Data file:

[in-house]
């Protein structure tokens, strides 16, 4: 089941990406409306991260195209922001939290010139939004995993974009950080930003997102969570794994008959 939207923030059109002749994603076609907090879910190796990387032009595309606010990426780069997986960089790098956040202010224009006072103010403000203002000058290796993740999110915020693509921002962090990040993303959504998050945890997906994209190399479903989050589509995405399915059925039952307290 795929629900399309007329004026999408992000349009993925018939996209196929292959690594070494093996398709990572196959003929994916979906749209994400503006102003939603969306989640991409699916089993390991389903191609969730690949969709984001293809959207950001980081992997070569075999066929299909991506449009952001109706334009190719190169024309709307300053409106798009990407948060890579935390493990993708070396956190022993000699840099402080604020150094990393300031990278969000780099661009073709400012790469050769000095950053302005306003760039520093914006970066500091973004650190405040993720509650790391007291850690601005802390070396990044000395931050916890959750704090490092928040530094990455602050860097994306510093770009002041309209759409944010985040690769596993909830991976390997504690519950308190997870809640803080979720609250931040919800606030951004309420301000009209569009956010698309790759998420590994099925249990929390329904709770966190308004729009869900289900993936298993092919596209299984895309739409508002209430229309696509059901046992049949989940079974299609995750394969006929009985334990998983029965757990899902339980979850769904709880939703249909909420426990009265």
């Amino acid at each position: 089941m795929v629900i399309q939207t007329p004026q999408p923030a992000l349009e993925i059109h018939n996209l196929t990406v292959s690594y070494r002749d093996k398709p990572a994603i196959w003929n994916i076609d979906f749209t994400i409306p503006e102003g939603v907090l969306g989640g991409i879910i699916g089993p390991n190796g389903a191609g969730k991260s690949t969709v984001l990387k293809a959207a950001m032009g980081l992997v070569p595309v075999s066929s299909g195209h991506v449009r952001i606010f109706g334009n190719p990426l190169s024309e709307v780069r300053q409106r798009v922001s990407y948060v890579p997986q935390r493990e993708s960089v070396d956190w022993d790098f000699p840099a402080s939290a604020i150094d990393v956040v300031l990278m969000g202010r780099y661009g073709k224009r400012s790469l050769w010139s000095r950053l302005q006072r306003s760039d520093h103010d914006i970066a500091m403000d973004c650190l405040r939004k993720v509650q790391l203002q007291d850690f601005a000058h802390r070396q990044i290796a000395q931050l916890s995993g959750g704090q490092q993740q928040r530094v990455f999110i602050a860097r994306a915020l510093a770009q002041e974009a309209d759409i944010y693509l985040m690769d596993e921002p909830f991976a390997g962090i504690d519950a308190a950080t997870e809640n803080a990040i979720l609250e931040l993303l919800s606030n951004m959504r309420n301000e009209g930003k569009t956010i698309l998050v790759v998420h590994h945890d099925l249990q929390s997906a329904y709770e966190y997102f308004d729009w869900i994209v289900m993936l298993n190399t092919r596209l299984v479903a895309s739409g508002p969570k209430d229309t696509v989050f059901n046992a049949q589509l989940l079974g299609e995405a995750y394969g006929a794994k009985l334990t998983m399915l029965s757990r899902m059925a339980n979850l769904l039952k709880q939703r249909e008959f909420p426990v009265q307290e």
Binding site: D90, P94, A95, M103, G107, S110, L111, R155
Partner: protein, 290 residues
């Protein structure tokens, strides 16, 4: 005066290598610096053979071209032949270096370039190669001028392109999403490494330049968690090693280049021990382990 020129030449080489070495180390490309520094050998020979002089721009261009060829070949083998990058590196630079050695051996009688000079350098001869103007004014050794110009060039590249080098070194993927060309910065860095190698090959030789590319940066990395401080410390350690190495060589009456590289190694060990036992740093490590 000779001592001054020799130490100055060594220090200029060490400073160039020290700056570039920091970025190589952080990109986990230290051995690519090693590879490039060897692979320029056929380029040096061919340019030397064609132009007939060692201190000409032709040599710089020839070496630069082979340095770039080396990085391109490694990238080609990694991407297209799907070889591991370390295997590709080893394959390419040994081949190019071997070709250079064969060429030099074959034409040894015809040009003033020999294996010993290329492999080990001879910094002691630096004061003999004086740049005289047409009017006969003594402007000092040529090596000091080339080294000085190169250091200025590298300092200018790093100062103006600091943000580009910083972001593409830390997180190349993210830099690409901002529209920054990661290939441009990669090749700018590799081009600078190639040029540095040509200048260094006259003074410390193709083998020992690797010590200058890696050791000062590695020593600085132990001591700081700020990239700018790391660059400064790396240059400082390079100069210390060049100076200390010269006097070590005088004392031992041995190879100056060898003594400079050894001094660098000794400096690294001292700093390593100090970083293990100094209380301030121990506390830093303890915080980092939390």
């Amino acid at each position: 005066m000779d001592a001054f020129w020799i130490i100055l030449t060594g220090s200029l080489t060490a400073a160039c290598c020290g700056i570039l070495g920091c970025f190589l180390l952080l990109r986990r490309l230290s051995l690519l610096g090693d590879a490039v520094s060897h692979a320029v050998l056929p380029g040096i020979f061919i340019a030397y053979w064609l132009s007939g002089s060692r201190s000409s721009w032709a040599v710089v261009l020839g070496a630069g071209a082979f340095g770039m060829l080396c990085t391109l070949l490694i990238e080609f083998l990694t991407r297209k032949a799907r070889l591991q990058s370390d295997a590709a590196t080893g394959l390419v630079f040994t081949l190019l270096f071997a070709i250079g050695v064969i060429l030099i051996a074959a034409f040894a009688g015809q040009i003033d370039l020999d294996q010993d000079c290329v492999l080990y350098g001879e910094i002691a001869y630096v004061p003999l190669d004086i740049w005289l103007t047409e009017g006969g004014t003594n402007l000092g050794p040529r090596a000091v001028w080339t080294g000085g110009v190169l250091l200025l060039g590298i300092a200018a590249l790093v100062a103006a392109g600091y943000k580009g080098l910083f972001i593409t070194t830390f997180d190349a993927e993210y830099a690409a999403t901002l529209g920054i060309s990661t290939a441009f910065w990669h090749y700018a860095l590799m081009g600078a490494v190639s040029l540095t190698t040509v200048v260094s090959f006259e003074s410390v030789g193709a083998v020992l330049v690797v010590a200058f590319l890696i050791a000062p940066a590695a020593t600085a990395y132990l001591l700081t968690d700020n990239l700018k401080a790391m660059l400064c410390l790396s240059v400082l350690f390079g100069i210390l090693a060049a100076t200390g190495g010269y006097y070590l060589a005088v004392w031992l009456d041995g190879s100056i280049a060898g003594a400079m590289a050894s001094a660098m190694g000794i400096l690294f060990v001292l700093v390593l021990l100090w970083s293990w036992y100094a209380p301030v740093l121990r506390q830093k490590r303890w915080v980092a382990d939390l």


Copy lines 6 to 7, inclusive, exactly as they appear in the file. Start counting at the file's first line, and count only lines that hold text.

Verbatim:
């Protein structure tokens, strides 16, 4: 005066290598610096053979071209032949270096370039190669001028392109999403490494330049968690090693280049021990382990 020129030449080489070495180390490309520094050998020979002089721009261009060829070949083998990058590196630079050695051996009688000079350098001869103007004014050794110009060039590249080098070194993927060309910065860095190698090959030789590319940066990395401080410390350690190495060589009456590289190694060990036992740093490590 000779001592001054020799130490100055060594220090200029060490400073160039020290700056570039920091970025190589952080990109986990230290051995690519090693590879490039060897692979320029056929380029040096061919340019030397064609132009007939060692201190000409032709040599710089020839070496630069082979340095770039080396990085391109490694990238080609990694991407297209799907070889591991370390295997590709080893394959390419040994081949190019071997070709250079064969060429030099074959034409040894015809040009003033020999294996010993290329492999080990001879910094002691630096004061003999004086740049005289047409009017006969003594402007000092040529090596000091080339080294000085190169250091200025590298300092200018790093100062103006600091943000580009910083972001593409830390997180190349993210830099690409901002529209920054990661290939441009990669090749700018590799081009600078190639040029540095040509200048260094006259003074410390193709083998020992690797010590200058890696050791000062590695020593600085132990001591700081700020990239700018790391660059400064790396240059400082390079100069210390060049100076200390010269006097070590005088004392031992041995190879100056060898003594400079050894001094660098000794400096690294001292700093390593100090970083293990100094209380301030121990506390830093303890915080980092939390």
């Amino acid at each position: 005066m000779d001592a001054f020129w020799i130490i100055l030449t060594g220090s200029l080489t060490a400073a160039c290598c020290g700056i570039l070495g920091c970025f190589l180390l952080l990109r986990r490309l230290s051995l690519l610096g090693d590879a490039v520094s060897h692979a320029v050998l056929p380029g040096i020979f061919i340019a030397y053979w064609l132009s007939g002089s060692r201190s000409s721009w032709a040599v710089v261009l020839g070496a630069g071209a082979f340095g770039m060829l080396c990085t391109l070949l490694i990238e080609f083998l990694t991407r297209k032949a799907r070889l591991q990058s370390d295997a590709a590196t080893g394959l390419v630079f040994t081949l190019l270096f071997a070709i250079g050695v064969i060429l030099i051996a074959a034409f040894a009688g015809q040009i003033d370039l020999d294996q010993d000079c290329v492999l080990y350098g001879e910094i002691a001869y630096v004061p003999l190669d004086i740049w005289l103007t047409e009017g006969g004014t003594n402007l000092g050794p040529r090596a000091v001028w080339t080294g000085g110009v190169l250091l200025l060039g590298i300092a200018a590249l790093v100062a103006a392109g600091y943000k580009g080098l910083f972001i593409t070194t830390f997180d190349a993927e993210y830099a690409a999403t901002l529209g920054i060309s990661t290939a441009f910065w990669h090749y700018a860095l590799m081009g600078a490494v190639s040029l540095t190698t040509v200048v260094s090959f006259e003074s410390v030789g193709a083998v020992l330049v690797v010590a200058f590319l890696i050791a000062p940066a590695a020593t600085a990395y132990l001591l700081t968690d700020n990239l700018k401080a790391m660059l400064c410390l790396s240059v400082l350690f390079g100069i210390l090693a060049a100076t200390g190495g010269y006097y070590l060589a005088v004392w031992l009456d041995g190879s100056i280049a060898g003594a400079m590289a050894s001094a660098m190694g000794i400096l690294f060990v001292l700093v390593l021990l100090w970083s293990w036992y100094a209380p301030v740093l121990r506390q830093k490590r303890w915080v980092a382990d939390l």